Alt title: Ginga no Uo URSA minor BLUE

OVA (1 ep x 22 min)
2.902 out of 5 from 225 votes
Rank #6,602

In a small observatory on a tranquil sea, a boy and his grandfather live in peace, fishing and looking at the stars. That is, until one day, the boy discovers that an extra star has been added to the Ursa Minor constellation, changing its form from a bear to a fish. Now, with the evil beast ravaging the stars and destroying anything it touches, the duo must set sail to find a weapon of immense power capable of vanquishing the fierce creature of the sea and restoring Ursa Minor back to its original form…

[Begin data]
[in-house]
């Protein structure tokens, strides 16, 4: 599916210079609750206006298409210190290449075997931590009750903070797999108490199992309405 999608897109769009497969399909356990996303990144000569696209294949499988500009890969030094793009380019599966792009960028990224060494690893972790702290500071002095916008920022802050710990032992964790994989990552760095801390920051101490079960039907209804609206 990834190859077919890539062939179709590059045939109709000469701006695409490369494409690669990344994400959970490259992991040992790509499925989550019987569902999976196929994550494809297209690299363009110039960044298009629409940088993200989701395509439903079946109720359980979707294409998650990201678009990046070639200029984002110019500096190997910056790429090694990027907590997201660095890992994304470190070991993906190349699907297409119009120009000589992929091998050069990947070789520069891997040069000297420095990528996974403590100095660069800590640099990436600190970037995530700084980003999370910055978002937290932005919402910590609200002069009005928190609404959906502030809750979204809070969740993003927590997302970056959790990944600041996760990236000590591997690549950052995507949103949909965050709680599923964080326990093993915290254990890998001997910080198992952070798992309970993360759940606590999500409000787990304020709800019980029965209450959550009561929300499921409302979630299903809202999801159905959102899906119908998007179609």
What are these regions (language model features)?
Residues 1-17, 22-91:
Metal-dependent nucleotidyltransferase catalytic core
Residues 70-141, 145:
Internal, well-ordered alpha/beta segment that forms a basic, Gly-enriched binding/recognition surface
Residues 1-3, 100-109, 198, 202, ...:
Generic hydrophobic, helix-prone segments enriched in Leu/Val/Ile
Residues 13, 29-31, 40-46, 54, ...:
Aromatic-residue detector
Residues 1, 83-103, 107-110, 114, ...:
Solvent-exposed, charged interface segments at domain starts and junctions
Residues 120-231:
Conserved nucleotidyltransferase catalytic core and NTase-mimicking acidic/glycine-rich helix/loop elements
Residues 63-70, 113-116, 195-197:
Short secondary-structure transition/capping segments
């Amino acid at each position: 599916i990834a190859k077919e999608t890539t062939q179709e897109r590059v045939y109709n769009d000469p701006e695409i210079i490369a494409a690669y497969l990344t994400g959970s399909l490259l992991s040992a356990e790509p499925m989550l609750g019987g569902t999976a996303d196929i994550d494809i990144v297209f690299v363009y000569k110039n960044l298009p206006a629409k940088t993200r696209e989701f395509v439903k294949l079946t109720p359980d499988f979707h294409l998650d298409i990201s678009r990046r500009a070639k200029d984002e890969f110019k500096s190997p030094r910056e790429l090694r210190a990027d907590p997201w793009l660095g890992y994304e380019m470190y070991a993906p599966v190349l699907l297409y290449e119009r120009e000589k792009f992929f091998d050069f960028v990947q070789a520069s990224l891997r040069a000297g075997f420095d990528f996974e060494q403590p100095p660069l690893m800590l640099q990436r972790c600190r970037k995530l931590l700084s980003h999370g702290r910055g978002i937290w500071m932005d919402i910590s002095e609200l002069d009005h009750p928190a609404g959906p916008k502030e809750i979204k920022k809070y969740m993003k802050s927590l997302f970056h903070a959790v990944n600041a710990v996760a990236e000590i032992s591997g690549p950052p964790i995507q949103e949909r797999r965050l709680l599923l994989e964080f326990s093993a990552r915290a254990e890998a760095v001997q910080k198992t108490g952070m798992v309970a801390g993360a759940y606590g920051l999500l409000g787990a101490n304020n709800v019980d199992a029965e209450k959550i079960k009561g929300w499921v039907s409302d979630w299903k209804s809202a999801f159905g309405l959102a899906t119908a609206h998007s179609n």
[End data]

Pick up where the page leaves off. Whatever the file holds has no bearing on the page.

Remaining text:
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StoryAt twenty-something minutes in length, it usually is difficult for one episode OVAs to have a decent storyline. Luckily, in Ursa Minor Blue’s case, I was pleasantly surprised. A young boy and his grandfather live in an island observatory, secluded, in the middle of a vast sea. The setup reminded me quite a bit of the Myst novels, to be honest. One night, during his ritual star observing, the boy discovers that the Ursa Minor (bear) constellation has what appears to be a new star. He shows it to his grandfather, who recognizes the mysterious urgency of the situation and takes him on a voyage. The constellation had changed from a bear to a fish, who began terrorizing the stars and destroying things. The boy may be the key to stopping the fish, and only a powerful weapon can help him! Though it sounds like Ursa Minor Blue is an action-packed adventure, it’s anything but that. The story moves slowly, showing us idyllic scenery while traveling in an oar-driven rowboat. There is little dialogue, and the focus definitely is on the visuals, not the story. Regardless, this is one of the most unique stories I’ve seen in anime, and that’s a huge plus. In only twenty minutes this calm tale had a beginning, a confrontation, and a good ending to boot. Rarely can I say this happens or is executed well, but Ursa Minor Blue is a clear winner with such a good developed story in such a small timeframe. Even so, this probably isn’t something you’d enjoy unless you like slower-paced anime. AnimationWhen I first started watching Ursa Minor Blue, I wasn’t impressed with the animation. Saying it’s simple is the understatement of the year. At first, I thought of that as a bad thing... but after awhile, I realized that the simplicity is what gives Ursa Minor Blue its charm. The character designs can best be described as looking like they came from the Snowman. Anyone remember that from your childhood? Faces are nothing more than dots and lines, with very oval and round heads and simple shapes making up the bodies. All of the scenery is incredibly simple but still manages to be beautiful. In general, the water-centric world reminded me a lot of Zelda: Wind Waker. One scene in particular is a perfect representation of the simple beauty: the evil fish is jumping out of the water, in the black of night. The entire scene is black, with white lines showing where the waves are. The white outline of the fish emerges from the water, with two glowing yellow eyes. I could have drawn that scene; there wasn’t any sort of depth or amazing visual effects to it, yet it still ended up being remarkably effective. Watching this has shown me that you don’t necessarily need something to have rich layers, have 57 colors in one scene and include CGI. Sometimes, things can be beautiful with only a few colors and basic simplicity. SoundAt first, just like the animation, Ursa Minor Blue’s music seems a little too simplistic; but once it starts to grow on you, you realize how appropriate it is. In general, the music is made up of very simple melodies that seemed fitting in a nighttime RPG scene. Very calm, light and floaty ballads. There’s little dialogue, but the voice actors fit well for the tiny bit there is. CharactersGenerally I have a hard time rating the characters in something this short, but in this case, it’s easy. Though there is little dialogue and a slow-moving plot, Ursa Minor Blue still manages to have a rich set of characters. Not because they do anything overly exciting, but because of how innocent and simple they are. The boy and his grandfather are quiet and filled with purpose. The beings that are helping to force the powerful spear are perfect depictions of earthly automatons. The fish itself is a fierce killer. Even the trees themselves are alive and filled with hope. In general, a rich set of characters that helps make the story interesting. OverallThough only twenty-something minutes in length, Ursa Minor Blue still manages to be a delightful thing to watch. Its slow pace might turn some viewers off, but for anyone who likes artistic anime with a light and interesting story, this is definitely something you’d enjoy. I’m glad that I didn’t go with my initial concerns (that it would be too simple in every way) and kept watching, because I really ended up enjoying this. Ursa Minor Blue is unique and charming; check it out!

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